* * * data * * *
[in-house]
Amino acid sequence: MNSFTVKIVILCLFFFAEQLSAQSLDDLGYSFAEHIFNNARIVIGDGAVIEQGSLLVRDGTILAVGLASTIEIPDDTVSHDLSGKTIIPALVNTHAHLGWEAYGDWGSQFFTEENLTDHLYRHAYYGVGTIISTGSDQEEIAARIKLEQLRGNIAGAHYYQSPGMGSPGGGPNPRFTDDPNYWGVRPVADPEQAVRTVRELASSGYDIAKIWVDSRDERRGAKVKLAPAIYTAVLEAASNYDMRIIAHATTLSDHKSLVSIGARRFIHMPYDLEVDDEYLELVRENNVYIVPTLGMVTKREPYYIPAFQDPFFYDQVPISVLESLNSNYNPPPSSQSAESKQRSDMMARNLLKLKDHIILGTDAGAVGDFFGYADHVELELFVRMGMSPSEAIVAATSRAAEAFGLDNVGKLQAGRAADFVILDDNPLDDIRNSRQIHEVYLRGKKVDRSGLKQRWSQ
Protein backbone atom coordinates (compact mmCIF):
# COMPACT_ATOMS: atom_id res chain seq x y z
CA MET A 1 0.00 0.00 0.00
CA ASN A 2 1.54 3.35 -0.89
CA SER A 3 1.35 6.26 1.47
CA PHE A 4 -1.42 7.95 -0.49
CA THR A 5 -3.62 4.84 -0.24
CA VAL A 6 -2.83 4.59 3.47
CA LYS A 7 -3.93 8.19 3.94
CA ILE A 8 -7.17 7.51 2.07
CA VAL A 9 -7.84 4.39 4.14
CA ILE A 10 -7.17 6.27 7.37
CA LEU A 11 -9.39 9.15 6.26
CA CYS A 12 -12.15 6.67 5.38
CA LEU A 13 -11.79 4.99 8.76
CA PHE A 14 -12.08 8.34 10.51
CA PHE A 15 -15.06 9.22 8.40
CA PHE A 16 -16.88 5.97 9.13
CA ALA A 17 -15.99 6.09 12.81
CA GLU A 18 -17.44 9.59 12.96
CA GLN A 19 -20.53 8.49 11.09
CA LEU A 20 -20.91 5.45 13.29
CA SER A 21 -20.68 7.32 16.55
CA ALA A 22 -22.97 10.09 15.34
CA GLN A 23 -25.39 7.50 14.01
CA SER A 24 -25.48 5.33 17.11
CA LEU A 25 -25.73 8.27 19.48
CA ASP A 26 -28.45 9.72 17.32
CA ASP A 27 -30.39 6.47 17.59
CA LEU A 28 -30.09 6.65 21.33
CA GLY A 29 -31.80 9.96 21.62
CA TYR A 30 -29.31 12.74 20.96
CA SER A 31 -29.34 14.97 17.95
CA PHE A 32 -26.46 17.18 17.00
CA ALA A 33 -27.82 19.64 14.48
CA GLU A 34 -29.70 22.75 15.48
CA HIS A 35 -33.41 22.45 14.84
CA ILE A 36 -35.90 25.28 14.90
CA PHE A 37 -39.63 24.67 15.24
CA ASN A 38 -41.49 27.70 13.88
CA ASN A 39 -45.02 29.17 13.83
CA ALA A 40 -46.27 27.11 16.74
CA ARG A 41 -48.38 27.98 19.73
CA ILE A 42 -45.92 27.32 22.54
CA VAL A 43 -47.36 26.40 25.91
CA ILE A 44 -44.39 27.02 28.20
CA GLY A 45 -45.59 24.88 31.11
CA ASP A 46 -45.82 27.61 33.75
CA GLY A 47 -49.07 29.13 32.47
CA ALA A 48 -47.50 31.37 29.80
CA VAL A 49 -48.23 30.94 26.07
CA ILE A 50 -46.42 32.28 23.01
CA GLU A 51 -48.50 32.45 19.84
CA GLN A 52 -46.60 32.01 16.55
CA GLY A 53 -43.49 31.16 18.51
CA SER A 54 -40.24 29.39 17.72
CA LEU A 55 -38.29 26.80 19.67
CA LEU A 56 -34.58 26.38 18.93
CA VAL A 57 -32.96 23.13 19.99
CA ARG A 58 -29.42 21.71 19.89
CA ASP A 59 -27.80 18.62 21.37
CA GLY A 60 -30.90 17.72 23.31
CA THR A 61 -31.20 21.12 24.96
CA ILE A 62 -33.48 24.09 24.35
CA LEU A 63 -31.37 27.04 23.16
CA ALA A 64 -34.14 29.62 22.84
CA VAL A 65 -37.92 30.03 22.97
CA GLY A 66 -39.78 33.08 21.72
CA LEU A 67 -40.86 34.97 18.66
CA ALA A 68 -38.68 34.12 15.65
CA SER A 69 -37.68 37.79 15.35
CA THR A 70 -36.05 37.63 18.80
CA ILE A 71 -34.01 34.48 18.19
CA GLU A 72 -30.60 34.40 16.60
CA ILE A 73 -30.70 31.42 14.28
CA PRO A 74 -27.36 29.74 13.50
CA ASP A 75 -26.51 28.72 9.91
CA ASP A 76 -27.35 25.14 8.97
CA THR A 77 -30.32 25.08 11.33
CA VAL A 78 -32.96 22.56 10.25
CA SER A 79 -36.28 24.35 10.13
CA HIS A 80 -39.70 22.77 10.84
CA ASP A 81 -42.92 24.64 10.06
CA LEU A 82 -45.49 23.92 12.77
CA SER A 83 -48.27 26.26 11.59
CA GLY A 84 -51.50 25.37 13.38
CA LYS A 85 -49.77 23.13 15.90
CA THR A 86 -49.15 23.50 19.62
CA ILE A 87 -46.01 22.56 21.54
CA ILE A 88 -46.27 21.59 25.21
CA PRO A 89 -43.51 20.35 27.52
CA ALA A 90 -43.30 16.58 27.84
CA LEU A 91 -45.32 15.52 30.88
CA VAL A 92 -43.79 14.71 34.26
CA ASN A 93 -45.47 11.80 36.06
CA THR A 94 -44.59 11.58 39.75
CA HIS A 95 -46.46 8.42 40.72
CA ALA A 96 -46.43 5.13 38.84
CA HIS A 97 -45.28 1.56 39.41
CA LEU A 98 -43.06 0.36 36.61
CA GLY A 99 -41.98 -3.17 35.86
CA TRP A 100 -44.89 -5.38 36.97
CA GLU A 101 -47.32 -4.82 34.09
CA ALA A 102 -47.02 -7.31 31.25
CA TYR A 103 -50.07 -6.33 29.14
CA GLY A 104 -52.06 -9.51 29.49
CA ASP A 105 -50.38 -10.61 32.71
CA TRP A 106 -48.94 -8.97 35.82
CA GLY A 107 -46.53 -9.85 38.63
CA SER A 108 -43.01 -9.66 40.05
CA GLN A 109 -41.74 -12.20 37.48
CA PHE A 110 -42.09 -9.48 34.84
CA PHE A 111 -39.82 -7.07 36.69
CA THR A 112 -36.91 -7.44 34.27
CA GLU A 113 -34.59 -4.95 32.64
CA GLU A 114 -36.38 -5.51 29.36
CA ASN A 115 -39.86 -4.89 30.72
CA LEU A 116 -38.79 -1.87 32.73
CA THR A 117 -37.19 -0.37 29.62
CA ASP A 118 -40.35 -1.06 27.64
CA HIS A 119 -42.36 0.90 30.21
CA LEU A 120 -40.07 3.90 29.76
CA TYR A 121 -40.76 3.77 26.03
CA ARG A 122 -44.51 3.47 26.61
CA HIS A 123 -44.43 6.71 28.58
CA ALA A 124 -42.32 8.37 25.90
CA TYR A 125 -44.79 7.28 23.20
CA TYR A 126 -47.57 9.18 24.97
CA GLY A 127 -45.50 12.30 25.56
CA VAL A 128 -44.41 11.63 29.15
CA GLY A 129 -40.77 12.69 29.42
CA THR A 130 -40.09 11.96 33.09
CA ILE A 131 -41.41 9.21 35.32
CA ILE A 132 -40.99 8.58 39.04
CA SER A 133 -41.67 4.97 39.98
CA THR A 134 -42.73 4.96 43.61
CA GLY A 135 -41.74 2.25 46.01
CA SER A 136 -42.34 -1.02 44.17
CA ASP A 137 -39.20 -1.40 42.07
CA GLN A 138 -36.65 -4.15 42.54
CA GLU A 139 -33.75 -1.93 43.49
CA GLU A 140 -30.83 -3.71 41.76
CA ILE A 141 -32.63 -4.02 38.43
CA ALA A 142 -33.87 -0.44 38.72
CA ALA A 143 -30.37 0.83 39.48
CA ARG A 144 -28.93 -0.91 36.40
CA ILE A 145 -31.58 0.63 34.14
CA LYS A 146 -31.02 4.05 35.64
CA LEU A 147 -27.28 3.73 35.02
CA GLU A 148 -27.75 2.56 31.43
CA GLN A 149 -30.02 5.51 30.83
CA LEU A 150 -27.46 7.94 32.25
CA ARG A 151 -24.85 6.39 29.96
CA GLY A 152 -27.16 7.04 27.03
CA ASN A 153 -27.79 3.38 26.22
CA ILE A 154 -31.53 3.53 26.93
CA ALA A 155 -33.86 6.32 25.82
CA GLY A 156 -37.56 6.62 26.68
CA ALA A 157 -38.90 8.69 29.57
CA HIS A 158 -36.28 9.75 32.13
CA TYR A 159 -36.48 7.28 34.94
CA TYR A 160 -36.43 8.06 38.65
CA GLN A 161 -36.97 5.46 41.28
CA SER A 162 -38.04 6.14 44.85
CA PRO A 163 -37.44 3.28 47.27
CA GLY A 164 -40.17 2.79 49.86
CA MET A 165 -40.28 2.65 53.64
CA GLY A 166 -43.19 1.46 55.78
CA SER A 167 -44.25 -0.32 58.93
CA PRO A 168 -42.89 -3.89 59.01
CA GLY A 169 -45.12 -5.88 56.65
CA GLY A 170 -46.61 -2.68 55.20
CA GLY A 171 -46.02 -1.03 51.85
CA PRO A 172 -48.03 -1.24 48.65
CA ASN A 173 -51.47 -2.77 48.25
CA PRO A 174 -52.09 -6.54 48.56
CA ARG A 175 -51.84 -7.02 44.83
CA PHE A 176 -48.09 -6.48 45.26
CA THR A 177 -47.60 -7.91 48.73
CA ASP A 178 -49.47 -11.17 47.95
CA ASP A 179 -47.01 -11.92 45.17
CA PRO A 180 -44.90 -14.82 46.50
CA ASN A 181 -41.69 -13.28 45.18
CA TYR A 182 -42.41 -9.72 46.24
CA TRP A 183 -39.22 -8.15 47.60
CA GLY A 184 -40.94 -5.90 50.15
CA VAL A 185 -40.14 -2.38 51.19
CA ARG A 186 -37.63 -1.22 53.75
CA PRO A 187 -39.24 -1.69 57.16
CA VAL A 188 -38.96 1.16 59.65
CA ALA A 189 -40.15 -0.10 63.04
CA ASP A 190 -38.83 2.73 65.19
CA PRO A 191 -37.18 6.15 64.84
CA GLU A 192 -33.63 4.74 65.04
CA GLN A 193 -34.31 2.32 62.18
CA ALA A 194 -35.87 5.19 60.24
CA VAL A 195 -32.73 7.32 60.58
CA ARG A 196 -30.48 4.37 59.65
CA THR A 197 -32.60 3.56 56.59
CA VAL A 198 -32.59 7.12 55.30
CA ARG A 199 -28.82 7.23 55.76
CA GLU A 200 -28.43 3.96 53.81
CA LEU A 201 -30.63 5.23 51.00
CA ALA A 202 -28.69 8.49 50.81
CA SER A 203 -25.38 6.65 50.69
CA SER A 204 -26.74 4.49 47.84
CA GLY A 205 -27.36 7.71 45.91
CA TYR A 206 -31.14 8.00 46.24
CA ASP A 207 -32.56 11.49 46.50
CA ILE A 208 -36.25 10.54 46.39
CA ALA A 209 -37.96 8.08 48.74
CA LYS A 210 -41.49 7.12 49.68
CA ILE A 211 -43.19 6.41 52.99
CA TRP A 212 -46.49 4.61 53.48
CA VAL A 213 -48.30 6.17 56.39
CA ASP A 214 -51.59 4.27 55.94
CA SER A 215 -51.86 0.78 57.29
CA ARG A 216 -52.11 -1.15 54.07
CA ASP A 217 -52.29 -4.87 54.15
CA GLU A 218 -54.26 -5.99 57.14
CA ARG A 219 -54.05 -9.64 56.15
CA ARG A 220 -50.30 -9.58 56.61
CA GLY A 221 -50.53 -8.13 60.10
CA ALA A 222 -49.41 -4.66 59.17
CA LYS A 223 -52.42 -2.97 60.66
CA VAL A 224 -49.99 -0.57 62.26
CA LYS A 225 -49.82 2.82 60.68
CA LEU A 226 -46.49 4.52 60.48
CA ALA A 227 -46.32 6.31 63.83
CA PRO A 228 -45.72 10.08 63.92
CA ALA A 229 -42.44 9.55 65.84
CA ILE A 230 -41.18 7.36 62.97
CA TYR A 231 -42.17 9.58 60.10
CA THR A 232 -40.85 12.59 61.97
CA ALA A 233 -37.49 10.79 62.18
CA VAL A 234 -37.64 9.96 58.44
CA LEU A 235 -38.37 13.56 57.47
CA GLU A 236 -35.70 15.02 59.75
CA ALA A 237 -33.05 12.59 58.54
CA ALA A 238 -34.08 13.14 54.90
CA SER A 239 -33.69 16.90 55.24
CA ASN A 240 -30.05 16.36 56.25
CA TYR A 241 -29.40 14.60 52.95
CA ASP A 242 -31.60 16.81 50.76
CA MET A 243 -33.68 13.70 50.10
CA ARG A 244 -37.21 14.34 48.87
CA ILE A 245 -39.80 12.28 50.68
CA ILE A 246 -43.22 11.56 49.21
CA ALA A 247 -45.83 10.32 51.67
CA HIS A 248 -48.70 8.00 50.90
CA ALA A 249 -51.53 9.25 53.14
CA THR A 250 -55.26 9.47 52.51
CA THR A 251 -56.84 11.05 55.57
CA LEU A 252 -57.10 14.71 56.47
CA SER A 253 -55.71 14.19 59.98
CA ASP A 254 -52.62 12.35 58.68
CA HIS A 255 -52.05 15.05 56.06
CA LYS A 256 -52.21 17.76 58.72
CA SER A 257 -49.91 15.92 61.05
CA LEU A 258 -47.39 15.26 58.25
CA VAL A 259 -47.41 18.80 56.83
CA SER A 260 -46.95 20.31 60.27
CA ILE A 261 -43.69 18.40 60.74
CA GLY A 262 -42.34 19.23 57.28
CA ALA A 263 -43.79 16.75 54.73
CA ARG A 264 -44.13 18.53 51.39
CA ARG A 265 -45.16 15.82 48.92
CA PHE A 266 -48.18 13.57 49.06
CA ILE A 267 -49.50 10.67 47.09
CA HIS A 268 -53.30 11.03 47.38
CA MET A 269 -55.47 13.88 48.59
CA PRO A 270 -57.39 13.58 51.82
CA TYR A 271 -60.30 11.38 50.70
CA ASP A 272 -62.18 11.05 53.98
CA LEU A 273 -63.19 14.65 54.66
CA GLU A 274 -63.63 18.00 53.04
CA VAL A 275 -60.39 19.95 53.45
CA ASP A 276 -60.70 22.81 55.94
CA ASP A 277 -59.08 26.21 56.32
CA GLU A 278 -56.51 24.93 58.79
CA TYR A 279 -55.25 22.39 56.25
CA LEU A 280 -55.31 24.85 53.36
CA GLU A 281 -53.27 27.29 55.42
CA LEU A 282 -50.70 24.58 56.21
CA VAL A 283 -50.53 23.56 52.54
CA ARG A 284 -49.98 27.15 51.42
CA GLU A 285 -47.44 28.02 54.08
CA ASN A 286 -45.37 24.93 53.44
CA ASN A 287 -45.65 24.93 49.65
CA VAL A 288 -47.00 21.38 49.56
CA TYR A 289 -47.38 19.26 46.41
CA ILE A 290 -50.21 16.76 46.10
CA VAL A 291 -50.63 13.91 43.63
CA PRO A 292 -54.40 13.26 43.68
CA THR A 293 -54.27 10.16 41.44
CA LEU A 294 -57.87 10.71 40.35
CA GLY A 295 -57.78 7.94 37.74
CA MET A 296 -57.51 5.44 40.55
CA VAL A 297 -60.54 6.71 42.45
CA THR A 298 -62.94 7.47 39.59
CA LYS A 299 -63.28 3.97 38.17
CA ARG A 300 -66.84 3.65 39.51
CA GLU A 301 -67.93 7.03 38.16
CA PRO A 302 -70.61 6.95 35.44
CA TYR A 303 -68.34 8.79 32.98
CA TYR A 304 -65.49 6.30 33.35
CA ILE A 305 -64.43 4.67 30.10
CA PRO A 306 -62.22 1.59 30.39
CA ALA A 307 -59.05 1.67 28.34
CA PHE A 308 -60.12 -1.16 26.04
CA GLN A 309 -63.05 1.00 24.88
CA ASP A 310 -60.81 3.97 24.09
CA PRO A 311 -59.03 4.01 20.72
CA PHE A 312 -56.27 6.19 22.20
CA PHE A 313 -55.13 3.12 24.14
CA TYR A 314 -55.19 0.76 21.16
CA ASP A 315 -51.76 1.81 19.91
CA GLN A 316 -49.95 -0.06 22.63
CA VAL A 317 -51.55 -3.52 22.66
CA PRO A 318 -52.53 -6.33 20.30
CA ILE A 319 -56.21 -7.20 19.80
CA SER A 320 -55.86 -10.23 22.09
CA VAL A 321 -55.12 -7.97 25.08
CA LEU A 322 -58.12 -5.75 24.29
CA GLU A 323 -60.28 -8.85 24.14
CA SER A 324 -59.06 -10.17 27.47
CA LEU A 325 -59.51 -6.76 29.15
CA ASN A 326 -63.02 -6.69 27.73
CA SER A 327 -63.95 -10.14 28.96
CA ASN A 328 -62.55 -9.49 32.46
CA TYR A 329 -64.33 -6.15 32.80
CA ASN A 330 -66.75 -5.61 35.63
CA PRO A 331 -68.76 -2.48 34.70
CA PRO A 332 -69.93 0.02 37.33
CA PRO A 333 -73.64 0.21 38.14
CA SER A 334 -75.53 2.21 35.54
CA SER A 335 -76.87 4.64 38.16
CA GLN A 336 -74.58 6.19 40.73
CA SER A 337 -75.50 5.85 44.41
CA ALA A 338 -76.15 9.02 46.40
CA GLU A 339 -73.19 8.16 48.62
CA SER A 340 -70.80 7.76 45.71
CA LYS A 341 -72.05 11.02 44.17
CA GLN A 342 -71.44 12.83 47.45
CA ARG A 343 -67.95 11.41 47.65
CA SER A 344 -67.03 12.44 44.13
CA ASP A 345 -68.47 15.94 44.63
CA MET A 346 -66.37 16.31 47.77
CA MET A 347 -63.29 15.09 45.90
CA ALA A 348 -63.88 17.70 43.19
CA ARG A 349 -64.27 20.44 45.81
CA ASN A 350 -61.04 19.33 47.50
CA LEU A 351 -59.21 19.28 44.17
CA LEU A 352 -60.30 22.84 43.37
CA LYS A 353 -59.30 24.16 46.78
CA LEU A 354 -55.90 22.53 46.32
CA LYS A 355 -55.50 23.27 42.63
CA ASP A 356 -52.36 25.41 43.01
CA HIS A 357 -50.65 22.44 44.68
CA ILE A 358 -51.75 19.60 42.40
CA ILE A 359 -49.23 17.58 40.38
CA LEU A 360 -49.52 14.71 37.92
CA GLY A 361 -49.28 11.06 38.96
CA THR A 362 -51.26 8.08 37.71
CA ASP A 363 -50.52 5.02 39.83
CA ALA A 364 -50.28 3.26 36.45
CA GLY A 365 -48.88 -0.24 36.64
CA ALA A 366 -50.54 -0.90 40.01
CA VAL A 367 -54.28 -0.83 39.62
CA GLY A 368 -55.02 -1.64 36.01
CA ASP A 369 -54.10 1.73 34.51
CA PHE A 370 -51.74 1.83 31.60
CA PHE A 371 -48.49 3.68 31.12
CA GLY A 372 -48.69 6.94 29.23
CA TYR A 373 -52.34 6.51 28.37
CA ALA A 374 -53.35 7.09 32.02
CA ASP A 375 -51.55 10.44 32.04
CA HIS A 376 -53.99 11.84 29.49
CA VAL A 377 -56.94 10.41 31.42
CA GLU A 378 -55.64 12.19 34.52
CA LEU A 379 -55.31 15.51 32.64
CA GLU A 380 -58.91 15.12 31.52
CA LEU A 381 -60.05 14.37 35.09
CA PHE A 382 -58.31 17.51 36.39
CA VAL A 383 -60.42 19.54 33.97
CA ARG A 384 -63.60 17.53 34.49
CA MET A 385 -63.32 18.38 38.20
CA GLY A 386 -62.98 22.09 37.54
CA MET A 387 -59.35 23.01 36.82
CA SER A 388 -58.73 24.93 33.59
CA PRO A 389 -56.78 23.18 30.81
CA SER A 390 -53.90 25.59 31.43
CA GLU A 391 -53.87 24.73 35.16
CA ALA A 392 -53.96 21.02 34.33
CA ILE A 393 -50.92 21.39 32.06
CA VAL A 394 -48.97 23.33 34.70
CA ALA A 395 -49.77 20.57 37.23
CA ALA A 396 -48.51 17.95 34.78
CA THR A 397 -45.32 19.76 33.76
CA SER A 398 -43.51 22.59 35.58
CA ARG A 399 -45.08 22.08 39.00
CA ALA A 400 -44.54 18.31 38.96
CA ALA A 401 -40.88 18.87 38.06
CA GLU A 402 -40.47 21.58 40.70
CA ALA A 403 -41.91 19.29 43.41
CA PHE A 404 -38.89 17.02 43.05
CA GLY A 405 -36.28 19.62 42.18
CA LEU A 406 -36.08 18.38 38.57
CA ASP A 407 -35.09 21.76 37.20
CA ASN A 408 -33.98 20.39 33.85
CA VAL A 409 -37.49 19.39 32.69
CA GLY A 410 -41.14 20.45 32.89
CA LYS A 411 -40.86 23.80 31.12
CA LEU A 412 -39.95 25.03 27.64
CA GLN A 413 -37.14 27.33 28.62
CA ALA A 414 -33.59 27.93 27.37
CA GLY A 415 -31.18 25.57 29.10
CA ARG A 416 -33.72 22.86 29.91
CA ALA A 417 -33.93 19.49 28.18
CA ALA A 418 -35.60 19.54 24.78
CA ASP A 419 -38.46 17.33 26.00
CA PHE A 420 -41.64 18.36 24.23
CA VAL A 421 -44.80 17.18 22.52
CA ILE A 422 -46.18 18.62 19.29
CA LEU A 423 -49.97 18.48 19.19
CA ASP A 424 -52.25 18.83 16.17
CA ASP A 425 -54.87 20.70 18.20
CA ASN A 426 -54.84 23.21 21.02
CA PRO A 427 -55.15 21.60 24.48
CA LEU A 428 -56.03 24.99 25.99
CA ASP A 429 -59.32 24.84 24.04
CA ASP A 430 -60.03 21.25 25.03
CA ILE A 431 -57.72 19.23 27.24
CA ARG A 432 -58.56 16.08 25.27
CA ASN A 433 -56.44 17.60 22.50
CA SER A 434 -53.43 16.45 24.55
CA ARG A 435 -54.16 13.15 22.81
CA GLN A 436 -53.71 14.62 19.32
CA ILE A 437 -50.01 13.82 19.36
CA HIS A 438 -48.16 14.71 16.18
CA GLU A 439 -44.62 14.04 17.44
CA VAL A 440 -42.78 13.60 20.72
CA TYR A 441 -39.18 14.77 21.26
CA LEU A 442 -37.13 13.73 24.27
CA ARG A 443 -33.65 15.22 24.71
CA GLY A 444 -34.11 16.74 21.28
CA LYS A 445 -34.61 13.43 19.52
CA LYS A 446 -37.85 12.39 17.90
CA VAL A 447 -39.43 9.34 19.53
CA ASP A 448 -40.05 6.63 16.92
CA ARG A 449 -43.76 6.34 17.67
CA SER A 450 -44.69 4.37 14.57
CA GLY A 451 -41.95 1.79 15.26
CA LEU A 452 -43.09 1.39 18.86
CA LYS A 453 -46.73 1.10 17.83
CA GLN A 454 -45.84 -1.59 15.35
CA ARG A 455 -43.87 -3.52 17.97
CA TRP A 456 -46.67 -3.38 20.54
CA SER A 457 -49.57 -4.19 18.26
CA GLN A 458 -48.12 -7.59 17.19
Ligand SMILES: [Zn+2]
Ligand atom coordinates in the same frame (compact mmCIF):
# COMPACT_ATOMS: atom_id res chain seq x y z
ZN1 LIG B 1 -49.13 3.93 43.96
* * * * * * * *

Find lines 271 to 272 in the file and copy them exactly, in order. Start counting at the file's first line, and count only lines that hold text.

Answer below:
CA ILE A 267 -49.50 10.67 47.09
CA HIS A 268 -53.30 11.03 47.38